Colorado ghost towns: See the remnants of the Tomboy Mining Camp near Telluride

Posted at 11:33 AM, Oct 24, 2016
and last updated 2016-10-24 19:18:46-04

In the late 1800s and early 1900s, the town of Tomboy was booming 3,000 feet above Telluride.

At one point, some 2,000 people lived and worked in this high mountain valley, braving deep snow to live in this boom town.

While the town shut down in the late 1920s, there are still remnants to be seen. It's just a 5-mile hike, or drive, up a shelf road from Telluride.

About half way up the road, you'll pass through this tunnel that's been used by horses, wagons and vehicles for more than 130 years.

Many locals call this the “social tunnel.” The story goes that miners from up the hill would meet “girls” from town at the social tunnel for let’s just say “social” visits. Some say those visits occurred here because the prostitutes weren’t allowed any closer to the mining towns.

This green cabin is Whispering Jim's Cabin.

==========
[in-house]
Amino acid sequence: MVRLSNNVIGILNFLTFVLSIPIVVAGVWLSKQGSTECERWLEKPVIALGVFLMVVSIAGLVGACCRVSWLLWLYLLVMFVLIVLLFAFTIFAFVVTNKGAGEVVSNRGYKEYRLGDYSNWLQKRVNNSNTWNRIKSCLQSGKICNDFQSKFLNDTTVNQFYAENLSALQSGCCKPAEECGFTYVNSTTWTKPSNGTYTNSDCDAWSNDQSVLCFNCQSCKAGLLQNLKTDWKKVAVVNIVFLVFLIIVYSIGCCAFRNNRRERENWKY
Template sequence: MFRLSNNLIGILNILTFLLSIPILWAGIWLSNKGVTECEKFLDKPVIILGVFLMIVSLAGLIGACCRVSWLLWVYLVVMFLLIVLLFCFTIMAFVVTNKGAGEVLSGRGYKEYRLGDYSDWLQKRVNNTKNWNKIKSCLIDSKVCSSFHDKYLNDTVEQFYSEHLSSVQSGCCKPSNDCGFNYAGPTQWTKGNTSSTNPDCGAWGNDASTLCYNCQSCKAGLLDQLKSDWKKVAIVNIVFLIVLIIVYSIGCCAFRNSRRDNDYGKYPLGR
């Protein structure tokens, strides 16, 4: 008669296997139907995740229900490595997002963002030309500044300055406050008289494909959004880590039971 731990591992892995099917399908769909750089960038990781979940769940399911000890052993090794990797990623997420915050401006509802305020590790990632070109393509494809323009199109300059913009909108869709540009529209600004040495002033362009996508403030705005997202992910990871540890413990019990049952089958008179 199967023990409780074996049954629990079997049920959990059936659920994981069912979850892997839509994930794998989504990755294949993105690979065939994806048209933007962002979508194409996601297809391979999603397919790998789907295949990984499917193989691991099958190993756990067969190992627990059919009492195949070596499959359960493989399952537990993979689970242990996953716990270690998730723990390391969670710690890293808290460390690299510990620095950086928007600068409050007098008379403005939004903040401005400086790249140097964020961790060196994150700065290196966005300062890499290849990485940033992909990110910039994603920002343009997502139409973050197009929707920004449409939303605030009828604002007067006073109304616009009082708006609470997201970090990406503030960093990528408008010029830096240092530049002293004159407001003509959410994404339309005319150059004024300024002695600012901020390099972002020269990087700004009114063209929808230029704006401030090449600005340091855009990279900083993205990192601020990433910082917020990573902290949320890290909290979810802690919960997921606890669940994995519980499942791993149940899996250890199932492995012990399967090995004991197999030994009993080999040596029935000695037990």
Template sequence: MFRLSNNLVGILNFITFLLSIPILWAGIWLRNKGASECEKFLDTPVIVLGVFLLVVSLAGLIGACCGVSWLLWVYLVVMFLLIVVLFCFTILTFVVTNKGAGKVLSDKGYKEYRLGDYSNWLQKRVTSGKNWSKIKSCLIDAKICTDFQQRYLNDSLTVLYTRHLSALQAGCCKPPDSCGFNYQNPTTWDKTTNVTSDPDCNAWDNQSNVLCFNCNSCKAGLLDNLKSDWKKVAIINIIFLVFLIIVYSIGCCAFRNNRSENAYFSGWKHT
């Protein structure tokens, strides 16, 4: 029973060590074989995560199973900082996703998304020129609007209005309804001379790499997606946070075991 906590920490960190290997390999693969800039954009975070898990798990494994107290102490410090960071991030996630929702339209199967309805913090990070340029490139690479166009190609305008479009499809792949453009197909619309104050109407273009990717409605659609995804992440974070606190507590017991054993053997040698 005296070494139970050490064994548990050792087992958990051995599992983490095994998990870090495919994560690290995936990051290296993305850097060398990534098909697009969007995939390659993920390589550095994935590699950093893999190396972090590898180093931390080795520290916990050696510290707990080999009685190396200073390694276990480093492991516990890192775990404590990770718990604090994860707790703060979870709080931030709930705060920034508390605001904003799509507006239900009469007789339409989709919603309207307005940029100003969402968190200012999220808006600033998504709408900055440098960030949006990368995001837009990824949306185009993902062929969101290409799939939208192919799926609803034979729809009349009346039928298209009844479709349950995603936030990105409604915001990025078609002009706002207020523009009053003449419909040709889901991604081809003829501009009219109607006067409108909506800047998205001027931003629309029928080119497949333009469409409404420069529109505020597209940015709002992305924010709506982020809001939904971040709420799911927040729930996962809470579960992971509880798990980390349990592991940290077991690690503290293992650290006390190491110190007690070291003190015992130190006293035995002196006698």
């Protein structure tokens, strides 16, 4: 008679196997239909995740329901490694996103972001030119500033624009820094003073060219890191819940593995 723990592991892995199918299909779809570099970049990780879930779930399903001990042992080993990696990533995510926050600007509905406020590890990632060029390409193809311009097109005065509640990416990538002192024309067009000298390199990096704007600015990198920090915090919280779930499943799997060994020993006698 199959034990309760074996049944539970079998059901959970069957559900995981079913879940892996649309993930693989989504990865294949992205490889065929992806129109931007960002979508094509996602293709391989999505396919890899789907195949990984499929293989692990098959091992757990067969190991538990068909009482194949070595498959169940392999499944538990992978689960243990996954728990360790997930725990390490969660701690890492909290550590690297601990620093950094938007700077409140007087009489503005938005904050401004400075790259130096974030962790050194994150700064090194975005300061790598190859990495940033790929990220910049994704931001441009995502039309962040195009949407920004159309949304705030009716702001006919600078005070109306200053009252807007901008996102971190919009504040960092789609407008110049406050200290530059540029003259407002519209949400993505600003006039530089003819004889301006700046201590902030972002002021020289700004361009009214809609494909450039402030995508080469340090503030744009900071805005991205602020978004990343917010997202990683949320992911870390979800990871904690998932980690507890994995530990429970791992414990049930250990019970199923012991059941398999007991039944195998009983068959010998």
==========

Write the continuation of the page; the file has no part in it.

A tour guide said Whispering Jim was the last independent miner in the area. He died in 1998.

This was Jim's "garage," built into the rocky side of the hill.

It's actually more a shed and it housed Jim's compressor that he used to run his rock drills.

As you get closer to Tomboy, you'll pass the remnants of the Smuggler Union Mine.

Gold and silver were first discovered on the Smuggler vein in 1875. The Smuggler became one of the biggest mines in the area with some 20 miles of tunnels, according to a sign at the Smuggler brew pub in Telluride.

After passing Smuggler, you may spot this nondescript tunnel.

The Bullion Tunnel was a tunnel used to move ore from Ouray to Telluride for processing.

As you get closer to Tomboy, you'll find more buildings. Some still standing, but many have collapsed.

The Tomboy Mine was a large operation with a school, stables, dining hall, store, cabins and even a YMCA with a bowling alley and pool tables.

The centerpiece of the operation was the very large mill.

If you want to learn more about what life was like at 11,000 feet in the mountains of Colorado during the mining days, read Harriet Backus' book, "Tomboy Bride."

In the book, she talks about moving to this remote outpost, getting mail and other deliveries, changing homes and making friends in a mining camp.


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Find more great places to explore in our Discover Colorado section.